Companies Can Shield Political Spending Thanks to Government Funding Package

Views Of The U.S. Capitol Building As Congress Looks For Agreement On Long-Term Spending Bill
The dome of the U.S. Capitol building is illuminated before sunrise in Washington, D.C., U.S., on Friday, Dec. 11, 2015. The Senate passed a stopgap measure on Thursday to avoid a potential U.S. government shutdown this weekend, as talks continue on a $1.1 trillion spending plan and a separate measure to revive dozens of tax breaks. Photographer: Drew Angerer/Bloomberg via Getty Images
Photograph by Bloomberg

Public companies will be shielded from a new requirement to report their political spending, thanks to the massive government funding package now before Congress.

A Republican-sponsored provision in the omnibus spending bill effectively blocks the Securities and Exchange Commission from implementing a rule forcing public outfits to disclose their political contributions and payments to politically active groups.

Democrats and outside organizations advocating for campaign finance reform have been pushing the agency to adopt the rule, in hopes of shedding more light on the so-called dark money flowing into the political process following the Supreme Court’s Citizens United decision.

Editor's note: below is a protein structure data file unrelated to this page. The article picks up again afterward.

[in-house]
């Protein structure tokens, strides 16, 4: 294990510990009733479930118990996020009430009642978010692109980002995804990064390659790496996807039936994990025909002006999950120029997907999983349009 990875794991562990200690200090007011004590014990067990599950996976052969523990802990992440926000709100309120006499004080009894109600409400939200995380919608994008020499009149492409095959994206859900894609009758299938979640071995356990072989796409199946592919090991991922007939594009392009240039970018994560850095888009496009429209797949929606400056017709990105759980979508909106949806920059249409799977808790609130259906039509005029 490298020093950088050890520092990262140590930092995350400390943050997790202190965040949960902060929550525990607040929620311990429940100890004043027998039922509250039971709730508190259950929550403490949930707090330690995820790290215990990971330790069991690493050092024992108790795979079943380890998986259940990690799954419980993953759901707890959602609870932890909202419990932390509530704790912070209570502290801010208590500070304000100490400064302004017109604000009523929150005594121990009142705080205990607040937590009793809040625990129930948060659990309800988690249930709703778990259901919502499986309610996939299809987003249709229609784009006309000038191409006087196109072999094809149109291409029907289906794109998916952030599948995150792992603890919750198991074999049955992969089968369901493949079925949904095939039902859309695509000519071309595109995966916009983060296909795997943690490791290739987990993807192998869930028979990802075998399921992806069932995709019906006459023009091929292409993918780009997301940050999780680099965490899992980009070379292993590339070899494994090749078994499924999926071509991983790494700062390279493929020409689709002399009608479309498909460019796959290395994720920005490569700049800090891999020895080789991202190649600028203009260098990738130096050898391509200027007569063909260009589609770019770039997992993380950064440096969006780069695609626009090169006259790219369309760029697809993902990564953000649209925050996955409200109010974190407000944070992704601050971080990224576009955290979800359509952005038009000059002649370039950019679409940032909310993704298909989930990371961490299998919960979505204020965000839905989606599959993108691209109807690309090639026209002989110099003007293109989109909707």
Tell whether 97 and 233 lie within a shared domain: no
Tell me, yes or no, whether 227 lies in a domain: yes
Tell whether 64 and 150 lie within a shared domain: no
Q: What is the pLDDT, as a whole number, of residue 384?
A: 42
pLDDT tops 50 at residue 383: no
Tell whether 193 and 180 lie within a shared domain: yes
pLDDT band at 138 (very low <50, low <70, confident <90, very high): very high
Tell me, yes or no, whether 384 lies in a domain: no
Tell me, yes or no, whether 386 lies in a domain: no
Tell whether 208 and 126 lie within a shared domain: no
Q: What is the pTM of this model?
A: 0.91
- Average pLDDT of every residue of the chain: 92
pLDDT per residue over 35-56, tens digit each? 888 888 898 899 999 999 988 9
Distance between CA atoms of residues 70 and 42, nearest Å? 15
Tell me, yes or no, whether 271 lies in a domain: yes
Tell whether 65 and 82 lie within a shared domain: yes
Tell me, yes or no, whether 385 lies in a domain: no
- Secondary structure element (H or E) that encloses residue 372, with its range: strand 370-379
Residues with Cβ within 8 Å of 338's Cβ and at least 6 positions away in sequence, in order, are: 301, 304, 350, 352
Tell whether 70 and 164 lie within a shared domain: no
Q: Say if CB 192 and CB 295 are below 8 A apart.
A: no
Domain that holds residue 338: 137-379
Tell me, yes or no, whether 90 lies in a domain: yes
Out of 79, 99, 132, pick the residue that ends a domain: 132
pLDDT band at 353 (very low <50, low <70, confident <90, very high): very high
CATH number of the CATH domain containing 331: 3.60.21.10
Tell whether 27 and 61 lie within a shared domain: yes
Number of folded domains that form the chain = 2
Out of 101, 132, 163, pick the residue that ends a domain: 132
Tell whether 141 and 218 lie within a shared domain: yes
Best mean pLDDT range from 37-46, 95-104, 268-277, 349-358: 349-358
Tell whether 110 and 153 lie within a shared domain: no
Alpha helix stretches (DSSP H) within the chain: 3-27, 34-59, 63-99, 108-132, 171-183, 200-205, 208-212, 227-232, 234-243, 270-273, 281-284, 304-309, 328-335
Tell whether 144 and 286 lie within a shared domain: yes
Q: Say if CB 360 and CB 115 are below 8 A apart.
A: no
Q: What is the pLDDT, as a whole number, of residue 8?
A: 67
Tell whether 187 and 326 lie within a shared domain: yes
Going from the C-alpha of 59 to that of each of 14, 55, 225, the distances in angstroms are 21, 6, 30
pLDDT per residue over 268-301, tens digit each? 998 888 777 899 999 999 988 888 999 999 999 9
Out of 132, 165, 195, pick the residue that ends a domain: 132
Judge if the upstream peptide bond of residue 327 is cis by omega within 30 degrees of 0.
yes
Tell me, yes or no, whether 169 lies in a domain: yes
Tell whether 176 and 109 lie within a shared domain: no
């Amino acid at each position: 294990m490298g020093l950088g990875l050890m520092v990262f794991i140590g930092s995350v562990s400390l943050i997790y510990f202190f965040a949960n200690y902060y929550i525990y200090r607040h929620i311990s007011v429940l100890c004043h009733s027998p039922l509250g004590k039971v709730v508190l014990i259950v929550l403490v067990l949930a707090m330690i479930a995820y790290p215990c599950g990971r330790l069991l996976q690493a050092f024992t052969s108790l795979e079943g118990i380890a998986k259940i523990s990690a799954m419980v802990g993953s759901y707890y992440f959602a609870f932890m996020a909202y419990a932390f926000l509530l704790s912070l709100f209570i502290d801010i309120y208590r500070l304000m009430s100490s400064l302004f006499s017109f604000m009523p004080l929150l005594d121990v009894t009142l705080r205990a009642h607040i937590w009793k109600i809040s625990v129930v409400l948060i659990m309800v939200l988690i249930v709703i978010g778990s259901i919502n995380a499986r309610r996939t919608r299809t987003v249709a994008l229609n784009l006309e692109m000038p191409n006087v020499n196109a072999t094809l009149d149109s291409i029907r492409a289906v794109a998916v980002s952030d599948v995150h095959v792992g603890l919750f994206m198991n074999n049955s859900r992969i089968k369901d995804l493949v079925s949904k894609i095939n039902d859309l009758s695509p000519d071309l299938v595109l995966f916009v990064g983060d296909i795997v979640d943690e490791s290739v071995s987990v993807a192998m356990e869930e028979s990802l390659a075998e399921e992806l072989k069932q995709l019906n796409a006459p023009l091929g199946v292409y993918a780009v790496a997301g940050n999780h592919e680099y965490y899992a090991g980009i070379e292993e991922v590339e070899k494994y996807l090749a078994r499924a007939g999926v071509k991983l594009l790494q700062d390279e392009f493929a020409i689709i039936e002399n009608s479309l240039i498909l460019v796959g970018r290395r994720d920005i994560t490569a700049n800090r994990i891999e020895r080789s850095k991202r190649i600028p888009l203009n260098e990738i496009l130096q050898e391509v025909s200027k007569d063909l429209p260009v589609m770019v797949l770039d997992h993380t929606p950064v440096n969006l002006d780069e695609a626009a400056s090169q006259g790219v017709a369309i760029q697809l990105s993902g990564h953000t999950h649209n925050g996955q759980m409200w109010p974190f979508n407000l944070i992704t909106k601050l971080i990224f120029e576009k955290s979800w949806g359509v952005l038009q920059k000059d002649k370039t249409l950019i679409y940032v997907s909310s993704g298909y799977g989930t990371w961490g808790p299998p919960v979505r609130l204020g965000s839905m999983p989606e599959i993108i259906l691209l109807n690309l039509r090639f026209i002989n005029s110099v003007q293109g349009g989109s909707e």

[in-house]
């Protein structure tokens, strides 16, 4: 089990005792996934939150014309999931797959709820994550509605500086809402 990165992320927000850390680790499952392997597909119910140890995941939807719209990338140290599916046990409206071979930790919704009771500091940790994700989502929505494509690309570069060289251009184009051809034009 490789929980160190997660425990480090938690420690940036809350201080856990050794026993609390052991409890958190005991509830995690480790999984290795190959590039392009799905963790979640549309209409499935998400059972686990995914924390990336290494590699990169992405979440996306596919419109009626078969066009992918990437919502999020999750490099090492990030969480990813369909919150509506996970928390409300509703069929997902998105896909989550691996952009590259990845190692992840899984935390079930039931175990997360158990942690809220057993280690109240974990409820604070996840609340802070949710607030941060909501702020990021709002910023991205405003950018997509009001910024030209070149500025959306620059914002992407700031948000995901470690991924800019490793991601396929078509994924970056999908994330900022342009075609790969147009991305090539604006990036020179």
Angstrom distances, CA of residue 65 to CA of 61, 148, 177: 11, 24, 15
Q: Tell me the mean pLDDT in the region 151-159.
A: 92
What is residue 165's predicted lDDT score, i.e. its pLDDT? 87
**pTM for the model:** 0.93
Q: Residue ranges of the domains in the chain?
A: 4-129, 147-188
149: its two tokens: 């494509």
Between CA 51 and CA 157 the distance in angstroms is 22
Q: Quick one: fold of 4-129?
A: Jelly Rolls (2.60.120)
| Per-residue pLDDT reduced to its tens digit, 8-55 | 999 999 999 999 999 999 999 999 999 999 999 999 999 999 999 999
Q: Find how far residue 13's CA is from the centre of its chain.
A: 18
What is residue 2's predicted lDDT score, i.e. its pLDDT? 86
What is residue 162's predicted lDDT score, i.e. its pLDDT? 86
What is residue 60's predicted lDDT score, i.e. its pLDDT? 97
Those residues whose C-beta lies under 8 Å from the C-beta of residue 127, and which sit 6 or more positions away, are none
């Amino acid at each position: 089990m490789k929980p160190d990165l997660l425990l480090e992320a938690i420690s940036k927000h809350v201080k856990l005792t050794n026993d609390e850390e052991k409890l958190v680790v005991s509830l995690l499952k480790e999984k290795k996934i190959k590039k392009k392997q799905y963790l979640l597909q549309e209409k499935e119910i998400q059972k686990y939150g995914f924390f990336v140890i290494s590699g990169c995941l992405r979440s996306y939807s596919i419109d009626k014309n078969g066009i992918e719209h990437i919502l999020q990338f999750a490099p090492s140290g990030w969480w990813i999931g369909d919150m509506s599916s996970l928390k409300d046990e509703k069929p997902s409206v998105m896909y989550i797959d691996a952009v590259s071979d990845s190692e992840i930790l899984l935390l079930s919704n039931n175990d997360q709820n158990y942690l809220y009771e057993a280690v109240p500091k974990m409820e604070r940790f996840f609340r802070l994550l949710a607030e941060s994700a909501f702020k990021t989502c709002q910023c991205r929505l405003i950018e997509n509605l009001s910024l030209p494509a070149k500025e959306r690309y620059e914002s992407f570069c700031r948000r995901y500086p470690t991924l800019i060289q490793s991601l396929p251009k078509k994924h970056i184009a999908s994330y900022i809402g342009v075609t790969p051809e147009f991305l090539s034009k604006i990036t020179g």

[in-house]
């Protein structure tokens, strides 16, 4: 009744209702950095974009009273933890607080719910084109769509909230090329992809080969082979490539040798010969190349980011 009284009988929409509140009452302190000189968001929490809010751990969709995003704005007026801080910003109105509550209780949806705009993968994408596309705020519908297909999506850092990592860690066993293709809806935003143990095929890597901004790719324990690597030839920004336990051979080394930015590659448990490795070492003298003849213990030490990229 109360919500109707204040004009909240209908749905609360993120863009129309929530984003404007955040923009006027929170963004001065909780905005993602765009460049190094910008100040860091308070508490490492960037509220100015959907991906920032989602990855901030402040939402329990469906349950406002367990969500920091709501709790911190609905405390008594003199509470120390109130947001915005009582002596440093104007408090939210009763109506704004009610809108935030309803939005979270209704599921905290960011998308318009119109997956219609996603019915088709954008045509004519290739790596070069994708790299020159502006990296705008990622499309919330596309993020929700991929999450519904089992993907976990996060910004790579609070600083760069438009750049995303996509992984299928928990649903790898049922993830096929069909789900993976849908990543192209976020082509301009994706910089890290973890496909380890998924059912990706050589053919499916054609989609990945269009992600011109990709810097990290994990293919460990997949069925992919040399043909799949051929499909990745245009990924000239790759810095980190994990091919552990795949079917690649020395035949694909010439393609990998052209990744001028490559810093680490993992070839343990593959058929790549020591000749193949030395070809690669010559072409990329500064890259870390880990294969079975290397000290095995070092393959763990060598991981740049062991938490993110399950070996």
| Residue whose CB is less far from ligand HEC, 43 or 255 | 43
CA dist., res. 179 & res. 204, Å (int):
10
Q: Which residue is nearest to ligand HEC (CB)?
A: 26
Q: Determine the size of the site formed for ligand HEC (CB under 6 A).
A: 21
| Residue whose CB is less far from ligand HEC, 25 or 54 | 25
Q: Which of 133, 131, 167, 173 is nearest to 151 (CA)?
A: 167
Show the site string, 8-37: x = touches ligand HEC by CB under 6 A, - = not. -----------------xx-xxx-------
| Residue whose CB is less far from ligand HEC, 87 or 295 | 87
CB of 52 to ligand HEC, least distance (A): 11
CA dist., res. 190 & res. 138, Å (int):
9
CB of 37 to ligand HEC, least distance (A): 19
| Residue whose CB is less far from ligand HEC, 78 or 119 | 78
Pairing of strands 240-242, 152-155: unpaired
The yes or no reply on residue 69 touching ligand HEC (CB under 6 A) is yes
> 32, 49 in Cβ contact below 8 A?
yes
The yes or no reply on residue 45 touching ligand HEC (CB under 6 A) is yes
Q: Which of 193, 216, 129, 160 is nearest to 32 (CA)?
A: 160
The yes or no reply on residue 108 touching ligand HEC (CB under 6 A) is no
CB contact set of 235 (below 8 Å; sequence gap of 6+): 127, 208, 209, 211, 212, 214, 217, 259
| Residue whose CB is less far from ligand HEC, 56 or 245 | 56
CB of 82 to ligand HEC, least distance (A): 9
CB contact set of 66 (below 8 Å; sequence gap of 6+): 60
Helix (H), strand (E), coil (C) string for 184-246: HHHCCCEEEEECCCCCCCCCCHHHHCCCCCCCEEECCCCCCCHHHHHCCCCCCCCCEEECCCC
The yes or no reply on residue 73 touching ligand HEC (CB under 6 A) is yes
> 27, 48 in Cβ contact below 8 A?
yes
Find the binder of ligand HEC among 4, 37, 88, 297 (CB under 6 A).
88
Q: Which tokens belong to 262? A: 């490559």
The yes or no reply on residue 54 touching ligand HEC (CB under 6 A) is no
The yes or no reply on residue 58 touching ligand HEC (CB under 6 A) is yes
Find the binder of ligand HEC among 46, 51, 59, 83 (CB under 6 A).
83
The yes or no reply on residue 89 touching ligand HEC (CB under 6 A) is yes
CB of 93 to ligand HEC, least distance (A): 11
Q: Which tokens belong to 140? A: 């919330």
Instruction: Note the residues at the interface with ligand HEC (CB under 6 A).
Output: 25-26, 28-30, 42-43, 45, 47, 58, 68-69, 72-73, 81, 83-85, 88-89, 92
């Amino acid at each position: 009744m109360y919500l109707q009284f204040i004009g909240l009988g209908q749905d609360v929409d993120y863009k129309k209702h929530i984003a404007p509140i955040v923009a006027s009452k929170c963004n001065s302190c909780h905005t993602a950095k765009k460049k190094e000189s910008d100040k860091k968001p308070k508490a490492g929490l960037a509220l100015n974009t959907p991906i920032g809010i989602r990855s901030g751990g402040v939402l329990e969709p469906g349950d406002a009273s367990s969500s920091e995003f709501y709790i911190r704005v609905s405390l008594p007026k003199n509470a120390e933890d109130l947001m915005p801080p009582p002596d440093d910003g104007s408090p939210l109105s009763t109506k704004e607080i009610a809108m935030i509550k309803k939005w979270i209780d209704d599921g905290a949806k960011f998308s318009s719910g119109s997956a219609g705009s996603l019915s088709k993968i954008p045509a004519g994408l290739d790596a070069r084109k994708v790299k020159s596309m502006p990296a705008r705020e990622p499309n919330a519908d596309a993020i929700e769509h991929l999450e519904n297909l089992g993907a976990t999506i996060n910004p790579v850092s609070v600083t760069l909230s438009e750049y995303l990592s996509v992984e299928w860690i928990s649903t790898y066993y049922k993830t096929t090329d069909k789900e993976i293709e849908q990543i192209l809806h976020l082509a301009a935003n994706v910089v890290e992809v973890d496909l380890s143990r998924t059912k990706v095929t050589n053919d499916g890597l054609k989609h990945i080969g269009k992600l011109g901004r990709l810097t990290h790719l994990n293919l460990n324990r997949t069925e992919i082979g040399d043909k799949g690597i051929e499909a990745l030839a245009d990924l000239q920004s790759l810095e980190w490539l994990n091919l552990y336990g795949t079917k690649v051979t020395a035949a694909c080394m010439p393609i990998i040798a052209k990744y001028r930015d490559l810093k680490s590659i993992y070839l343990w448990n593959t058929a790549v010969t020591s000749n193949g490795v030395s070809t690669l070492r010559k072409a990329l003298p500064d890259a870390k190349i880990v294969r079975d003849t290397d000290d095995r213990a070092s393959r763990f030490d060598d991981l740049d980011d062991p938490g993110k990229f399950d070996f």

The rider in the spending package represents a blow to those interests — but only a temporary and limited one. The ban expires next September. And SEC Chairman Mary Jo White has made clear she won’t push to advance the transparency rule, rendering the debate over it largely moot until a new president appoints her successor


In the meantime, groups agitating for transparency can continue pressuring holdout companies to adopt better disclosure practices voluntarily. That effort has already yielded considerable success, with more than 300 of the companies in the S&P 500 now regularly reporting at least some of their political expenditures and 125 of them restricting payments to tax-exempt groups that don’t disclose their own donors.

“We’re making progress getting companies to adopt this voluntarily,” said Bruce Freed, founder of the Center for Political Accountability, which has driven the debate over the disclosures. “But we need uniformity.”

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